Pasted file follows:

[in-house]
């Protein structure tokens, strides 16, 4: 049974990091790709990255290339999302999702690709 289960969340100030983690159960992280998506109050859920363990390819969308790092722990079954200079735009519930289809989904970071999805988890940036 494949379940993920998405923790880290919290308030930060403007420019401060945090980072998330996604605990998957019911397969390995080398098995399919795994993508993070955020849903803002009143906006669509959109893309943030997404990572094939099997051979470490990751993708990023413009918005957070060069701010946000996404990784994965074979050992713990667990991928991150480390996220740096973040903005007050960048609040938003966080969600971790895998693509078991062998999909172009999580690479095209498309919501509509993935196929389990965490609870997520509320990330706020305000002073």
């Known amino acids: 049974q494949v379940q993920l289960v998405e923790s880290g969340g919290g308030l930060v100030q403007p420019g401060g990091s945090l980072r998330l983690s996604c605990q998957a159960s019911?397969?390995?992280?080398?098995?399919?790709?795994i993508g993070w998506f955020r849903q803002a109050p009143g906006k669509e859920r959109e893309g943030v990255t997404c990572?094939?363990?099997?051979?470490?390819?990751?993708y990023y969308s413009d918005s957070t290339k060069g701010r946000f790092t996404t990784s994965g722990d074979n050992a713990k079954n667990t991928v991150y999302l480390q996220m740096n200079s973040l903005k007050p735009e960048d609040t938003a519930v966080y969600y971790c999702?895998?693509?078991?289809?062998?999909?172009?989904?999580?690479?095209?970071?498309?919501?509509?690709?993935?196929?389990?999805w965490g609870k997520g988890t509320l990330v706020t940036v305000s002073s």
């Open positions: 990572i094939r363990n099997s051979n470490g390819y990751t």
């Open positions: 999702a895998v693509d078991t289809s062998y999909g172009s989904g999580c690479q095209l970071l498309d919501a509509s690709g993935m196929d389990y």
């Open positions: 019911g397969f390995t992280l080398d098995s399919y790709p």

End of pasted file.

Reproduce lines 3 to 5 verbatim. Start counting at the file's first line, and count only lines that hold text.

């Known amino acids: 049974q494949v379940q993920l289960v998405e923790s880290g969340g919290g308030l930060v100030q403007p420019g401060g990091s945090l980072r998330l983690s996604c605990q998957a159960s019911?397969?390995?992280?080398?098995?399919?790709?795994i993508g993070w998506f955020r849903q803002a109050p009143g906006k669509e859920r959109e893309g943030v990255t997404c990572?094939?363990?099997?051979?470490?390819?990751?993708y990023y969308s413009d918005s957070t290339k060069g701010r946000f790092t996404t990784s994965g722990d074979n050992a713990k079954n667990t991928v991150y999302l480390q996220m740096n200079s973040l903005k007050p735009e960048d609040t938003a519930v966080y969600y971790c999702?895998?693509?078991?289809?062998?999909?172009?989904?999580?690479?095209?970071?498309?919501?509509?690709?993935?196929?389990?999805w965490g609870k997520g988890t509320l990330v706020t940036v305000s002073s």
């Open positions: 990572i094939r363990n099997s051979n470490g390819y990751t």
């Open positions: 999702a895998v693509d078991t289809s062998y999909g172009s989904g999580c690479q095209l970071l498309d919501a509509s690709g993935m196929d389990y």